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Small for gestational age
Classification and external resources
ICD-10 P05., P07.
ICD-9 764, 765
DiseasesDB 31952
MeSH D007230

Small for gestational age (SGA) babies are those whose birth weight lies below the 10th percentile for that gestational age.

Appropriate for gestational age (AGA) are those whose birth weight lies above the 10th percentile for that gestational age and below the 90th percentile for that gestational age.

Small for gestational age babies have usually been the subject of intrauterine growth restriction (IUGR), formerly known as intrauterine growth retardation. [1]

Gestational age and birth weight of infants born at 24 to 46 weeks' gestation. Infants are classified as large for gestational age (LGA), appropriate for gestational age (AGA), or small for gestational age (SGA). Another classification which takes in consideration only the weight and not the gestational age, is low body weight (LBW), VLBW and ELBW.

Low birth weight (LBW) is defined as a fetus that weighs less than 2500 g (5 lb 8 oz) regardless of gestational age. Other definitions include Very Low Birth Weight (VLBW) which is less than 1500 g, and Extremely Low Birth Weight (ELBW) which is less than 1000 g. [2] Normal Weight at term delivery is 2500 g - 4200 g.

SGA is not a synonym of LBW, VLBW or ELBW. Example: 35 week gestational age delivery, 2250g weight is appropriate for gestational age but is LBW. One third of low-birth-weight neonates-infants weighing less than 2500g - are small for gesational age.

There is a 8.1% incidence of low birth weight in developed countries, and 6–30% in developing countries. Much of this can be attributed to the health of the mother during pregnancy. One third of babies born with a low birth weight are also small for gestational age.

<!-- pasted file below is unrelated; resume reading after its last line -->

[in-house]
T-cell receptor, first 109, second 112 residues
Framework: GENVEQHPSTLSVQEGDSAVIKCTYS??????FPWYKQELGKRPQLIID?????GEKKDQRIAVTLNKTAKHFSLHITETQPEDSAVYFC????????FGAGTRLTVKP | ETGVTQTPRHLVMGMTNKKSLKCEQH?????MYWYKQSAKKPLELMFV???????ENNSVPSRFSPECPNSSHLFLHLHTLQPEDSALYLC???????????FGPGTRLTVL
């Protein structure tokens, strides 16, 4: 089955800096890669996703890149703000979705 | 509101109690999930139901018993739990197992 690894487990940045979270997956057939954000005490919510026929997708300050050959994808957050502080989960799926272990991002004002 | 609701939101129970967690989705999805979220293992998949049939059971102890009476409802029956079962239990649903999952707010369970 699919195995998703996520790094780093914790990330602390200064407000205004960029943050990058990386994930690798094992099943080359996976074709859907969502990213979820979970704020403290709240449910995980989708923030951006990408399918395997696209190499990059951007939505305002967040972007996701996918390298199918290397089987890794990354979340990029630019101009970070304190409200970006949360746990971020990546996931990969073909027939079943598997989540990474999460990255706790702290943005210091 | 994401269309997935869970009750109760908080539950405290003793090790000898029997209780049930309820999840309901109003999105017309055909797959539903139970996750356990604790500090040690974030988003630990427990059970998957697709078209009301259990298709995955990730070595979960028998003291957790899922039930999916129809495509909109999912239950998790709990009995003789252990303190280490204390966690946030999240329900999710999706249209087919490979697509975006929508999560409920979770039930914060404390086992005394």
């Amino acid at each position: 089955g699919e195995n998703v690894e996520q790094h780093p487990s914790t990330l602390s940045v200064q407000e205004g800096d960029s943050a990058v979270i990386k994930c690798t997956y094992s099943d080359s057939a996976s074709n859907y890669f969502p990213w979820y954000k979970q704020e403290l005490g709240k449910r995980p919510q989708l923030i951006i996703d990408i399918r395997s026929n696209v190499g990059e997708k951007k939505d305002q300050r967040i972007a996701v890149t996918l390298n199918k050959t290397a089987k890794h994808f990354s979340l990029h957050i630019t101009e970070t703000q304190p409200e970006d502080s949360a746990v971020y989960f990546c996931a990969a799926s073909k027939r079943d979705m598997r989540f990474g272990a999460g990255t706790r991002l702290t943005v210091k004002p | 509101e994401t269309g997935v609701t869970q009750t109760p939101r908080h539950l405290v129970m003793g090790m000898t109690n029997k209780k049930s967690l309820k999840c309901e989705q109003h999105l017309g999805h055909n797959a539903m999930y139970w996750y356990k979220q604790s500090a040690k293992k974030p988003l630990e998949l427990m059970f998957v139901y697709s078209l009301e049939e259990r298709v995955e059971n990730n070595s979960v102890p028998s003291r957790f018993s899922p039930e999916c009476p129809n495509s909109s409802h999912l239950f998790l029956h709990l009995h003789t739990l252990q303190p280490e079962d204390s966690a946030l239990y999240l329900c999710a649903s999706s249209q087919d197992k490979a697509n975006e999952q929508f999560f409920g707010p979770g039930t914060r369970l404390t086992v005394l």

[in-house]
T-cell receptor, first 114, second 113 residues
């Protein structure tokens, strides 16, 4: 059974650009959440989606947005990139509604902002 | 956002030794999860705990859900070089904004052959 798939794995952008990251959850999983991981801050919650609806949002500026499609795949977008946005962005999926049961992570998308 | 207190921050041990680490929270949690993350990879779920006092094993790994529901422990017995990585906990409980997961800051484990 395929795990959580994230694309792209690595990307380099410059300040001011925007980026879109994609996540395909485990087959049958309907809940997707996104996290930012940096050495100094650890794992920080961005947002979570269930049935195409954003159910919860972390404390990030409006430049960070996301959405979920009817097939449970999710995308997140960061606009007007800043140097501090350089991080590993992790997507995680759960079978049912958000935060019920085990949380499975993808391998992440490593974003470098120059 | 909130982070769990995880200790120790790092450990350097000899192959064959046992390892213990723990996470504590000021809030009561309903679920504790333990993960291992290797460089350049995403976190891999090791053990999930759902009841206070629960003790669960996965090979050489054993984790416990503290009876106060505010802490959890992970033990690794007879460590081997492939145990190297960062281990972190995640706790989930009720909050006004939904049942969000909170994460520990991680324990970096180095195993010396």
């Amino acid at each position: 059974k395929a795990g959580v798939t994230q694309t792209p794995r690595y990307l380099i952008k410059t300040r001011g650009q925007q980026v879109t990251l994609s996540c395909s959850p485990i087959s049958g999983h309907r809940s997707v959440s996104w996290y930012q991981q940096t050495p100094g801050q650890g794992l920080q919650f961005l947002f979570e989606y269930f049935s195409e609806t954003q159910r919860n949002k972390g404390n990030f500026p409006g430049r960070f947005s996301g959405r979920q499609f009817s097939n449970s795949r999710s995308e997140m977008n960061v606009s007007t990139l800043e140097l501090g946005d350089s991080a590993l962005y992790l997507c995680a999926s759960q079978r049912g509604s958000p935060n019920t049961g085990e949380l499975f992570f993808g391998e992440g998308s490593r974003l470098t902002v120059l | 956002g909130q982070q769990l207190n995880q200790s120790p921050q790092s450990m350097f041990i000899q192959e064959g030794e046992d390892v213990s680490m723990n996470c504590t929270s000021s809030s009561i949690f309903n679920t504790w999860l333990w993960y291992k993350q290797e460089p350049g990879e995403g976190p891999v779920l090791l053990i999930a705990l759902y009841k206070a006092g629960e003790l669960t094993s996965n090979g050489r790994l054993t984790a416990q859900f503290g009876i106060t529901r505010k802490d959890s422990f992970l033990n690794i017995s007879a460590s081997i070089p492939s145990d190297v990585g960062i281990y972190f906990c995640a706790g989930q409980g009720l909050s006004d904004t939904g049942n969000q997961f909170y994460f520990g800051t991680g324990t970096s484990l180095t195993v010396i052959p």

The condition is generally diagnosed by measuring the mother's uterus, with the fundal height being less than it should be for that stage of the pregnancy. If it is suspected, the mother will usually be sent for an ultrasound to confirm.

Predetermining factors

The risk factor/etiology can be broadly divided into 3 categories-

  • Fetal
  • Maternal
  • Placental

The primary risk factor is that development of the placenta is insufficient to meet the demands of the fetus, resulting in malnutrition of the developing fetus. There are numerous contributing factors, of both environmental and genetic origin:

Categories of growth restriction

There are two distinct categories of growth restriction, indicating the stage at which the development was slowed. Small for gestational age babies can be classified as having symmetrical or asymmetrical [asymmetrical] growth restriction.[3 ] [4]



Symmetrical growth restriction, less commonly known as global growth restriction, indicates that the fetus has developed slowly throughout the duration of the pregnancy and was thus affected from a very early stage. The head circumference of such a newborn is in proportion to the rest of the body. Common causes include:


Asymmetrical growth restriction occurs when the embryo/fetus has grown normally for the first two trimesters but encounters difficulties in the third, usually pre-eclampsia. Such babies have a disparity in their length and head circumference when compared to the birth weight. A lack of subcutaneous fat leads to a thin and small body out of proportion with the head. Other symptoms include dry, peeling skin and an overly-thin umbilical cord, and the baby is at increased risk of hypoxia and hypoglycaemia.


Possible treatments include the early induction of labour, though this is only done if the condition has been diagnosed and seen as a risk to the health of the fetus.


The MAGIC Foundation for Children's Growth[1]



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